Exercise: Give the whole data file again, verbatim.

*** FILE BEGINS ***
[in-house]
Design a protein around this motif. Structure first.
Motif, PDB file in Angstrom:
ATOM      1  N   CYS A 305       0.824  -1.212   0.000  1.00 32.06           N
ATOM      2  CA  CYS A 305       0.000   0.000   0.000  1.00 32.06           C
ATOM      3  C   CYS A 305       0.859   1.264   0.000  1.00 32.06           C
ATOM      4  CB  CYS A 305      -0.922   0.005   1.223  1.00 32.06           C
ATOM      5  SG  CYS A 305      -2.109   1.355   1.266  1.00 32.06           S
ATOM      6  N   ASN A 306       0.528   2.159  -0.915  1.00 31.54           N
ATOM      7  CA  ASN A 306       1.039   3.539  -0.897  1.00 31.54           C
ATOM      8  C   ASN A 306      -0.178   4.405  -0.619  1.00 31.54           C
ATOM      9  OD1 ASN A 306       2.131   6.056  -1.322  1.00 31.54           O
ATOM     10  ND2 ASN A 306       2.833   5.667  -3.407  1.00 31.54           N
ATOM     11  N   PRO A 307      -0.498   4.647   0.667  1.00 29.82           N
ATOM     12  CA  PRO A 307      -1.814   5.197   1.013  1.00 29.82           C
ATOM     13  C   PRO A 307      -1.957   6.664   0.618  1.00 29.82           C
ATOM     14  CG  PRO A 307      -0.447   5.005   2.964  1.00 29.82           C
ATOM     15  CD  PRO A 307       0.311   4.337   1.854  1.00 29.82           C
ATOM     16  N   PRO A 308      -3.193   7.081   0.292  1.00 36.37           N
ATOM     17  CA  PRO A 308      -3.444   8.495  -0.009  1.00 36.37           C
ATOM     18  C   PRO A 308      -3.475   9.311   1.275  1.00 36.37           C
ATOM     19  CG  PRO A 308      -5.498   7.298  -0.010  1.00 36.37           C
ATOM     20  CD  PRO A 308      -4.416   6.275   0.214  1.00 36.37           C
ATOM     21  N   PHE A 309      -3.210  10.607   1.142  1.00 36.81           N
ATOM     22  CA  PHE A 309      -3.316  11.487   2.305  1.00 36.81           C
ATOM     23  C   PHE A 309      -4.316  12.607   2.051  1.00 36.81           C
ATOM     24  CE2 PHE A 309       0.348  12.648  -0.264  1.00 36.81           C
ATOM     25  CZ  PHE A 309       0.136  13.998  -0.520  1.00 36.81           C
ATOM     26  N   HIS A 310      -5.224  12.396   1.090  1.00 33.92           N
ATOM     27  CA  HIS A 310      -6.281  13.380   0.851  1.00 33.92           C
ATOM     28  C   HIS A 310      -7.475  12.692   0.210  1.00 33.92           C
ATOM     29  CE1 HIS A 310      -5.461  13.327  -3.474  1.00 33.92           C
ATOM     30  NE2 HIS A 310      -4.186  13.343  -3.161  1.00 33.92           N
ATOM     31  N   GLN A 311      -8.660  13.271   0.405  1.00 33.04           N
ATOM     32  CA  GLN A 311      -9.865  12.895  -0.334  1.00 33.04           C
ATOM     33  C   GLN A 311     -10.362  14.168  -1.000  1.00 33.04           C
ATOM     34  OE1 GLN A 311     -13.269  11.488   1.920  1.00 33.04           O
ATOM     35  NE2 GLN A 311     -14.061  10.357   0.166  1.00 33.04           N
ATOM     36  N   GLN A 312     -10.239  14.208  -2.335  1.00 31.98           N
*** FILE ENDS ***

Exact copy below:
[in-house]
Design a protein around this motif. Structure first.
Motif, PDB file in Angstrom:
ATOM      1  N   CYS A 305       0.824  -1.212   0.000  1.00 32.06           N
ATOM      2  CA  CYS A 305       0.000   0.000   0.000  1.00 32.06           C
ATOM      3  C   CYS A 305       0.859   1.264   0.000  1.00 32.06           C
ATOM      4  CB  CYS A 305      -0.922   0.005   1.223  1.00 32.06           C
ATOM      5  SG  CYS A 305      -2.109   1.355   1.266  1.00 32.06           S
ATOM      6  N   ASN A 306       0.528   2.159  -0.915  1.00 31.54           N
ATOM      7  CA  ASN A 306       1.039   3.539  -0.897  1.00 31.54           C
ATOM      8  C   ASN A 306      -0.178   4.405  -0.619  1.00 31.54           C
ATOM      9  OD1 ASN A 306       2.131   6.056  -1.322  1.00 31.54           O
ATOM     10  ND2 ASN A 306       2.833   5.667  -3.407  1.00 31.54           N
ATOM     11  N   PRO A 307      -0.498   4.647   0.667  1.00 29.82           N
ATOM     12  CA  PRO A 307      -1.814   5.197   1.013  1.00 29.82           C
ATOM     13  C   PRO A 307      -1.957   6.664   0.618  1.00 29.82           C
ATOM     14  CG  PRO A 307      -0.447   5.005   2.964  1.00 29.82           C
ATOM     15  CD  PRO A 307       0.311   4.337   1.854  1.00 29.82           C
ATOM     16  N   PRO A 308      -3.193   7.081   0.292  1.00 36.37           N
ATOM     17  CA  PRO A 308      -3.444   8.495  -0.009  1.00 36.37           C
ATOM     18  C   PRO A 308      -3.475   9.311   1.275  1.00 36.37           C
ATOM     19  CG  PRO A 308      -5.498   7.298  -0.010  1.00 36.37           C
ATOM     20  CD  PRO A 308      -4.416   6.275   0.214  1.00 36.37           C
ATOM     21  N   PHE A 309      -3.210  10.607   1.142  1.00 36.81           N
ATOM     22  CA  PHE A 309      -3.316  11.487   2.305  1.00 36.81           C
ATOM     23  C   PHE A 309      -4.316  12.607   2.051  1.00 36.81           C
ATOM     24  CE2 PHE A 309       0.348  12.648  -0.264  1.00 36.81           C
ATOM     25  CZ  PHE A 309       0.136  13.998  -0.520  1.00 36.81           C
ATOM     26  N   HIS A 310      -5.224  12.396   1.090  1.00 33.92           N
ATOM     27  CA  HIS A 310      -6.281  13.380   0.851  1.00 33.92           C
ATOM     28  C   HIS A 310      -7.475  12.692   0.210  1.00 33.92           C
ATOM     29  CE1 HIS A 310      -5.461  13.327  -3.474  1.00 33.92           C
ATOM     30  NE2 HIS A 310      -4.186  13.343  -3.161  1.00 33.92           N
ATOM     31  N   GLN A 311      -8.660  13.271   0.405  1.00 33.04           N
ATOM     32  CA  GLN A 311      -9.865  12.895  -0.334  1.00 33.04           C
ATOM     33  C   GLN A 311     -10.362  14.168  -1.000  1.00 33.04           C
ATOM     34  OE1 GLN A 311     -13.269  11.488   1.920  1.00 33.04           O
ATOM     35  NE2 GLN A 311     -14.061  10.357   0.166  1.00 33.04           N
ATOM     36  N   GLN A 312     -10.239  14.208  -2.335  1.00 31.98           N